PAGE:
Saturday, August 30, 2008

Illness : Robbing You of Home and Hearth

The other day, there was a commotion in the office when news came around that the electrician who was having his lunch had suddenly fallen with a thud in the midst of it and fallen unconscious. He was rushed to a near by hospital where tests revealed that he had brain haemorrgage as well as blocks in his heart. The hospital didn’t have the expertise to deal with this and after putting he on a ventilator rushed him to a hospital which has neuro surgeons and cardiac surgeons on its roster. Meanwhile, the office scrambled to arrange money for the lowly paid electrician who could be given to his family as a loan for this treatment and the staff scrambled to take an offering which could be given to his family as a gift.

PS : The electrician has since passed away....

Another person has a liver failure and needs a transplant. His wife has come forward to donate but the cost of the treatment is so high that he has to sell his house , recover the proceeds and then pay the entire amount to the hospital as a deposit before any thing will move.

A third case I remember is that of a man in an Uttar Pradesh village, dismantling his house – literally brick by brick, so that he could then sell the bricks and settle his relatively modest hospital dues.

To put things in perspective, we need to know that “the poor have to increasingly resort to taking debt or selling assets to meet costs of hospital care. It is estimated that 20 million people each year fall below the poverty line because of indebtedness due to healthcare. This is worrisome given the fact that more than two-thirds of the country’s population is already either poor or living at subsistence levels.”

With the government virtually fading out of the health care sector under the guise of promoting public private partnerships, finding alternate options has become imperative and yet not easy. With health insurance seemingly the only viable option to meet health costs in the future, it seems important that the penetration of health insurance be increase but several variations be explored within this domain including micro insurance.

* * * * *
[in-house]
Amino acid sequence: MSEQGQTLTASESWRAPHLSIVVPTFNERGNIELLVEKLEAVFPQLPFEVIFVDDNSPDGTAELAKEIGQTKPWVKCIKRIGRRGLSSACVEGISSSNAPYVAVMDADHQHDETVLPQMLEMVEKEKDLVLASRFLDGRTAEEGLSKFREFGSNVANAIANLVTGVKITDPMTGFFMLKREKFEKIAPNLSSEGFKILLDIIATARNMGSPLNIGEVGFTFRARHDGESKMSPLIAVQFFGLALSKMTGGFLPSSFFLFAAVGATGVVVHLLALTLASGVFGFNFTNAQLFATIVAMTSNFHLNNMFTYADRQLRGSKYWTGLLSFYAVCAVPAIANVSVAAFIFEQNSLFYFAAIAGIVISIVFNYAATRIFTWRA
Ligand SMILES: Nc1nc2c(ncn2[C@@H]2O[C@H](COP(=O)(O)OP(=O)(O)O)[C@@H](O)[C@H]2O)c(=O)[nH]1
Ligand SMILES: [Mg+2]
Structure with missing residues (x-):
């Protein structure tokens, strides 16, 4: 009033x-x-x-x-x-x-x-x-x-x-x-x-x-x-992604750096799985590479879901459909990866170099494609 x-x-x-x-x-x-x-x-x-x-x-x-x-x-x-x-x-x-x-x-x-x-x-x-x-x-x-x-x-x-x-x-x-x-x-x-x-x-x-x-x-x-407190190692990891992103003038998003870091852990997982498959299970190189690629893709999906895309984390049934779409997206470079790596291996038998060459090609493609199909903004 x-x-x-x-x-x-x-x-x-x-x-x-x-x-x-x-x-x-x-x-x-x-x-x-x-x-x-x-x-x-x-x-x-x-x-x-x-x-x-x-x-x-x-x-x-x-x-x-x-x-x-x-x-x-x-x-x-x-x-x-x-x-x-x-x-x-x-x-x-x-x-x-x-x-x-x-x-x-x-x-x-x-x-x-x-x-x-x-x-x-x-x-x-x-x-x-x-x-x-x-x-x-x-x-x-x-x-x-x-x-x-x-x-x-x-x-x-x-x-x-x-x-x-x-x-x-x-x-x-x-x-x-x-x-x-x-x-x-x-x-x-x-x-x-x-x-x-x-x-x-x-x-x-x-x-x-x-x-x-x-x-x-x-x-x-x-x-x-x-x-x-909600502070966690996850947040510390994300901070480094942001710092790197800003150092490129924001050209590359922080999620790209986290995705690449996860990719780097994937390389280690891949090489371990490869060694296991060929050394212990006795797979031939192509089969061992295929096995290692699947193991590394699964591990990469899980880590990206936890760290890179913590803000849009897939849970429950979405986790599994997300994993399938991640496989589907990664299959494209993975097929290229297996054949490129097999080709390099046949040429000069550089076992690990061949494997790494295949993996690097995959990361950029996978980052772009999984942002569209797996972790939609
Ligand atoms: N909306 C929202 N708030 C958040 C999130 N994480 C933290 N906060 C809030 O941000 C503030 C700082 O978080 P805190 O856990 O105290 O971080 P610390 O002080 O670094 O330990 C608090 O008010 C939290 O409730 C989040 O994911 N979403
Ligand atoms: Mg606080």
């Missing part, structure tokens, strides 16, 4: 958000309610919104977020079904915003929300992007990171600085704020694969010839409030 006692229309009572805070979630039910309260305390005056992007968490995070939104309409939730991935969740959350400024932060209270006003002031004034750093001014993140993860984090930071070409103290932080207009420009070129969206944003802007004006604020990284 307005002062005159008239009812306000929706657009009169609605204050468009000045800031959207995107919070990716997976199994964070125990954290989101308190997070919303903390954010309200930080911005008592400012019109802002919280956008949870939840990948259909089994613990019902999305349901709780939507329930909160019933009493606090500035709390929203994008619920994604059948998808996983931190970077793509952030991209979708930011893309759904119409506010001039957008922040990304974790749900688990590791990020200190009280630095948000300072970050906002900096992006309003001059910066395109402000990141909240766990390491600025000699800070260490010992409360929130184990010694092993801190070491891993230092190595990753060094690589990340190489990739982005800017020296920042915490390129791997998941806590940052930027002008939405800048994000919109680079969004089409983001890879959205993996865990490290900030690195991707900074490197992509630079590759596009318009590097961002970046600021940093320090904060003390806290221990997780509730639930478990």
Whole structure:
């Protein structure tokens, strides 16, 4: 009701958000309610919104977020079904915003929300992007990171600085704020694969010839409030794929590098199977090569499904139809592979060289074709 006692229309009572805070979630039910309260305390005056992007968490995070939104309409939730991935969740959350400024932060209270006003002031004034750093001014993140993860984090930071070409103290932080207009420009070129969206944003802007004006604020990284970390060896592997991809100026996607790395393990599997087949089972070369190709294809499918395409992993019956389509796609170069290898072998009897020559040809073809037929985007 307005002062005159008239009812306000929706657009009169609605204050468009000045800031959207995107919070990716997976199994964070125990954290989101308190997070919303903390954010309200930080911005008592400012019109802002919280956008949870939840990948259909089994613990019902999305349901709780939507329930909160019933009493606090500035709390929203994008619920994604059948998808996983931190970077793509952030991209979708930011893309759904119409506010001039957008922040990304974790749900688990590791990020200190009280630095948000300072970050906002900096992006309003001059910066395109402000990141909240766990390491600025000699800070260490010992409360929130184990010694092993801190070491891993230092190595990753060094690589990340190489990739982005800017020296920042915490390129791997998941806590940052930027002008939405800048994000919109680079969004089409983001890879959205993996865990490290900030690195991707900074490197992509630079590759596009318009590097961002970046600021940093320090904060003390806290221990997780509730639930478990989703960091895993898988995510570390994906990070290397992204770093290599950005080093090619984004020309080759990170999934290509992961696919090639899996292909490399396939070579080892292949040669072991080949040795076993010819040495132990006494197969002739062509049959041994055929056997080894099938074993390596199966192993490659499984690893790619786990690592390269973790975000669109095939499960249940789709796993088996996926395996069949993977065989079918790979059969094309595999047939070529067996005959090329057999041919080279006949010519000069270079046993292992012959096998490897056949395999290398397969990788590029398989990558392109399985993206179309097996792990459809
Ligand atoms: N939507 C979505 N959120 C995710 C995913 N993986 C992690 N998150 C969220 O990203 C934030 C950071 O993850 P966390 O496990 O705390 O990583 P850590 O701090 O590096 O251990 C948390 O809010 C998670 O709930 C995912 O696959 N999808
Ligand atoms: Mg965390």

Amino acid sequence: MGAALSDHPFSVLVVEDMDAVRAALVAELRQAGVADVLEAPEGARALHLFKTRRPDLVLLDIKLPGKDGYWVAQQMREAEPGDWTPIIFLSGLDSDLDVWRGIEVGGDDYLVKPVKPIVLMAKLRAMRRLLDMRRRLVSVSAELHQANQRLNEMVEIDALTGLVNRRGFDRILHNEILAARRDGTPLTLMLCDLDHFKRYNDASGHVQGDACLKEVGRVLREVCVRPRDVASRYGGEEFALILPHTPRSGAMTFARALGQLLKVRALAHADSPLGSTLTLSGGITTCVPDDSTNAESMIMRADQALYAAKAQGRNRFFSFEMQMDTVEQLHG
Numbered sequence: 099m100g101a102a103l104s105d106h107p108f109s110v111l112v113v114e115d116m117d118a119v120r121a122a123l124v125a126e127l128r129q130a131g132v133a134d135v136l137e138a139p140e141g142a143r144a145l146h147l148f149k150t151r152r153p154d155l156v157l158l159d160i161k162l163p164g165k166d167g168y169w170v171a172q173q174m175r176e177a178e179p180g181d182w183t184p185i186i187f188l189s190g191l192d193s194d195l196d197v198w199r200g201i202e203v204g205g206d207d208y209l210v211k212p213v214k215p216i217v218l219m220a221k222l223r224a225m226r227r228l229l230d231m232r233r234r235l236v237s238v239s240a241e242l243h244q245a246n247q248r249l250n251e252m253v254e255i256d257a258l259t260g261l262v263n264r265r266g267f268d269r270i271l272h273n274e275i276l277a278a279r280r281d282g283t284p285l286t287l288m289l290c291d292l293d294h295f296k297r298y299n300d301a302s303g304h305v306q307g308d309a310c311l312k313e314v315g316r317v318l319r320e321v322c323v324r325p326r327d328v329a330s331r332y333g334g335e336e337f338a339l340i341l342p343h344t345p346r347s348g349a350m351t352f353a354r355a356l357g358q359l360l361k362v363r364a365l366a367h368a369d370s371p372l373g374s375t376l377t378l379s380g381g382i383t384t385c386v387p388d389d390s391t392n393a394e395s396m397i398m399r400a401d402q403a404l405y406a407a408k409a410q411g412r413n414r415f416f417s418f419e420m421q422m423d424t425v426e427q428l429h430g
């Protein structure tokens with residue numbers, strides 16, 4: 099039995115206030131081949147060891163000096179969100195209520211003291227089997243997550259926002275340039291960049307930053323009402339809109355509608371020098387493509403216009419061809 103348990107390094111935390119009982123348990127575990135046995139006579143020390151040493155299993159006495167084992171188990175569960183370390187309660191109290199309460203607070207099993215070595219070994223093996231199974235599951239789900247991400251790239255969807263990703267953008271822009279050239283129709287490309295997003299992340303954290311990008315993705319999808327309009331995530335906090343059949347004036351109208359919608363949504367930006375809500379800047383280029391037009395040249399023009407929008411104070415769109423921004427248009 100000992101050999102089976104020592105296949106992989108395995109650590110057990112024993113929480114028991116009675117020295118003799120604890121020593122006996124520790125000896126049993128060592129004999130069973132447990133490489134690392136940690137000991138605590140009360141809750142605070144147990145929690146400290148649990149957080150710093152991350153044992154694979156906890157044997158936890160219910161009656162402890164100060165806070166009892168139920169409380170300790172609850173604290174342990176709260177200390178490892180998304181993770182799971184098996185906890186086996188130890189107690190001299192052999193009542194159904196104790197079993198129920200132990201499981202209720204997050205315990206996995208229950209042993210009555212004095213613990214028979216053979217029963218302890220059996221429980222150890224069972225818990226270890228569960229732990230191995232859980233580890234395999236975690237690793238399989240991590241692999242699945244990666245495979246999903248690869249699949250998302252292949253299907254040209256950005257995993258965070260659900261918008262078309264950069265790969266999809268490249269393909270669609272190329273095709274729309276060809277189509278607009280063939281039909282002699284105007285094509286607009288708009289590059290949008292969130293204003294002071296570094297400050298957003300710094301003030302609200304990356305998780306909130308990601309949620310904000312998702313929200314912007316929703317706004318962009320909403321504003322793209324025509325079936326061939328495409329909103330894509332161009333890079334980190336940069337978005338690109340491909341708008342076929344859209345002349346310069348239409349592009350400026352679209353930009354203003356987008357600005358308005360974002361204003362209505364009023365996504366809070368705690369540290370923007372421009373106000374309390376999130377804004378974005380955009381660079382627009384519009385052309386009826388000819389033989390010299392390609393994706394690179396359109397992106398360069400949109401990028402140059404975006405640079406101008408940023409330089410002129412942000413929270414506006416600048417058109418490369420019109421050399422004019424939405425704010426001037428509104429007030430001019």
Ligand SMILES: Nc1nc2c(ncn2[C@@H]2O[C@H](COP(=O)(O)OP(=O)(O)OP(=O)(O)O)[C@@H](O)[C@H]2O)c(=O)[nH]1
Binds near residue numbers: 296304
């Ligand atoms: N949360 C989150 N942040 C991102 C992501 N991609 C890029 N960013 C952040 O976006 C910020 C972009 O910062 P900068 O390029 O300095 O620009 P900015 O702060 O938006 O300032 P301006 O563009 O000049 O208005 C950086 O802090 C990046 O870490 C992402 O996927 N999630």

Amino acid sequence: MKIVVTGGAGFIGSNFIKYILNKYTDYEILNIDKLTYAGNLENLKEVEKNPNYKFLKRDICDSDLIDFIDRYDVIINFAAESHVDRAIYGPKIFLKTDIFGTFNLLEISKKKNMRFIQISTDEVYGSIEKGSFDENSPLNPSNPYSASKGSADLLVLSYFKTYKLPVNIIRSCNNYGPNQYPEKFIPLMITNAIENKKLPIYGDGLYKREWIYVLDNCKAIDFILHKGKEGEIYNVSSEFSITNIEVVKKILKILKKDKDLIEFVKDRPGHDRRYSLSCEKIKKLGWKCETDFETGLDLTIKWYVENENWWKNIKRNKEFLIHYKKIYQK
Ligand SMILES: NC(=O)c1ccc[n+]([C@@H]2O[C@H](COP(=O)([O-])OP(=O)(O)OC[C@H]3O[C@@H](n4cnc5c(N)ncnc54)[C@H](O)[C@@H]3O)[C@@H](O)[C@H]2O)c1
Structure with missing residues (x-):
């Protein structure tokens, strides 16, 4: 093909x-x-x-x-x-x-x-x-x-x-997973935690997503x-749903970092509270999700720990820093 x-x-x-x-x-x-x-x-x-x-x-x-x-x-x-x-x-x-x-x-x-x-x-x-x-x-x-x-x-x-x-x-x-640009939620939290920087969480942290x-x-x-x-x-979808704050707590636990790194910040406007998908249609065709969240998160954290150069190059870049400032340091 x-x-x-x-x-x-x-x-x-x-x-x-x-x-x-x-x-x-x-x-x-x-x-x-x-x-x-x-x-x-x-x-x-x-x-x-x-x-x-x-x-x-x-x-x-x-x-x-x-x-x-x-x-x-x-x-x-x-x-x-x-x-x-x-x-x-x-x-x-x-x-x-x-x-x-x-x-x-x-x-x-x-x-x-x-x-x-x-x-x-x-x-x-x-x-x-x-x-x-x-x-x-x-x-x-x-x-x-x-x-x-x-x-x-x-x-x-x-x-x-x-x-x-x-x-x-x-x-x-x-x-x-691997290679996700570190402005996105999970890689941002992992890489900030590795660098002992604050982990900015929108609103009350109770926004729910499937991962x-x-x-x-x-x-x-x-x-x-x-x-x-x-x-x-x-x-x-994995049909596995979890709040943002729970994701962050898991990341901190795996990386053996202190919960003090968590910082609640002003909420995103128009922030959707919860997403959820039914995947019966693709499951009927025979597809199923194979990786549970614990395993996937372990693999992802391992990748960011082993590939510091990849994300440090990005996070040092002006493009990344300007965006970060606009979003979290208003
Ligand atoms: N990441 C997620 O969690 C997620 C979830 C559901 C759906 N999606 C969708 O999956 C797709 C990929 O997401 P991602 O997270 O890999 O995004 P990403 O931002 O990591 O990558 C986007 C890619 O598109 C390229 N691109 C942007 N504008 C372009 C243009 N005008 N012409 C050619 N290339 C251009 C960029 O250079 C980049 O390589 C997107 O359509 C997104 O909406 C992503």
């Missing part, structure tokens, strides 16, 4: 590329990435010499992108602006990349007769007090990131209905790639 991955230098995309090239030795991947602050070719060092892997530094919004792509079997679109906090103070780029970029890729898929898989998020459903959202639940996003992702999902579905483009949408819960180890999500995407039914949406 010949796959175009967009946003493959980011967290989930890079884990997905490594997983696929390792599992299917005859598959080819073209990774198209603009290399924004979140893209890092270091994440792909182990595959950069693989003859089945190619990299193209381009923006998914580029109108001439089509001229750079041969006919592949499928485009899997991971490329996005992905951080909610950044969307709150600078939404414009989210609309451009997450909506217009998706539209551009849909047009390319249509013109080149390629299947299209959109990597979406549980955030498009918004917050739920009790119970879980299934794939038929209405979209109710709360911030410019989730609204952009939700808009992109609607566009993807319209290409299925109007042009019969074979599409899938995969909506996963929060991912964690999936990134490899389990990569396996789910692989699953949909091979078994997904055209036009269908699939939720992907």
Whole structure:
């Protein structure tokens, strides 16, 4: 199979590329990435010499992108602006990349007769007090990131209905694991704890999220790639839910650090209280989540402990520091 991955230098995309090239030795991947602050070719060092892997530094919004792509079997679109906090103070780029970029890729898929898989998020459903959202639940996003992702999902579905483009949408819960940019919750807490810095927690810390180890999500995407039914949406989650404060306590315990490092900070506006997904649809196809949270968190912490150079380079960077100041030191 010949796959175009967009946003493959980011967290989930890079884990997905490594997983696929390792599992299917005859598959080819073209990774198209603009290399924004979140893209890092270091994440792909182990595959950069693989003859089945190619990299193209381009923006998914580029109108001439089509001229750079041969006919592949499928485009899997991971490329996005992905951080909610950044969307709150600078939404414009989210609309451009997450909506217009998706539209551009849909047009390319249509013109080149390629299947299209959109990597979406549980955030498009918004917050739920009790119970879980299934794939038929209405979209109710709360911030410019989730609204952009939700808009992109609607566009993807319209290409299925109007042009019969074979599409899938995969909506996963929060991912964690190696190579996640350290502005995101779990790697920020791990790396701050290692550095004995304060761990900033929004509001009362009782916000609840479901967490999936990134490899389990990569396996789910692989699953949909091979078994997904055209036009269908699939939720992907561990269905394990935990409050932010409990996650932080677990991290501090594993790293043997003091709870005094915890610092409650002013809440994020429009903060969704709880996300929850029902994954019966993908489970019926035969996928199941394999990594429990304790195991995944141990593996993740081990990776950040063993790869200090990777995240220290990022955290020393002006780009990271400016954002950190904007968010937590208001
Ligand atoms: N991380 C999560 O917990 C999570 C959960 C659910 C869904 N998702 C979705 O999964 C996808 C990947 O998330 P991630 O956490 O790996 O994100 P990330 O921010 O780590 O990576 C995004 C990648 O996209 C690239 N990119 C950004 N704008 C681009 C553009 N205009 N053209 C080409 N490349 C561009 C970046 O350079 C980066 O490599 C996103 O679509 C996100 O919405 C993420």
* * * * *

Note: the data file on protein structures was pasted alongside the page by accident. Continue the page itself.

Yet this is never going to be easy in the unorganized sector. For instance how do you provide health care to handloom weavers, who occupy among the poorest segments in the unorganized sector? There are 6.5 million of them scattered across the country and are not always fixed in their occupation. Though there is a scheme in operation for them operated by the Union Textiles ministry, progress in enrolling members is slow. And there are many more segments of the population that are far more unorganized than textile workers.

If the product is properly customized and premiums where need be part subsidized by the government, the market for health insurance in its various variants is huge as currently the penetration of health insurance is estimated be 0.02 % or less of GDP.

However like any other nascent industry in the country, the insurance industry is having to cope with its teething troubles, one of the main ones being the inadequate regulatory norms with in the insurance industry itself. The unethical norms in hospitals which routinely over charge patients who declare themselves to be insured and the inability of the insurance companies to evolve common treatment regimes and protocols which would have led to some rationalization of tariffs and fees charged by the hospitals.

But this has not happened yet and the variation in hospital bills and the variations in tariff between the metros and non metros are astounding and this disconnect raises the insurance premiums which are then recovered from the customer. In a nascent industry, high premiums will further act as a disincentive to newly entering customers. However, even in this evolving situation, it is necessary to popularize and promote insurance as the only solution in the foreseeable future to the challenge of the rising costs of healthcare and in particular for those in the unorganized sector. Providing tax exemptions might be a beginning but then there is a large gap in those who do not pay taxes and who in many ways may be the ones who need health insurance the most….

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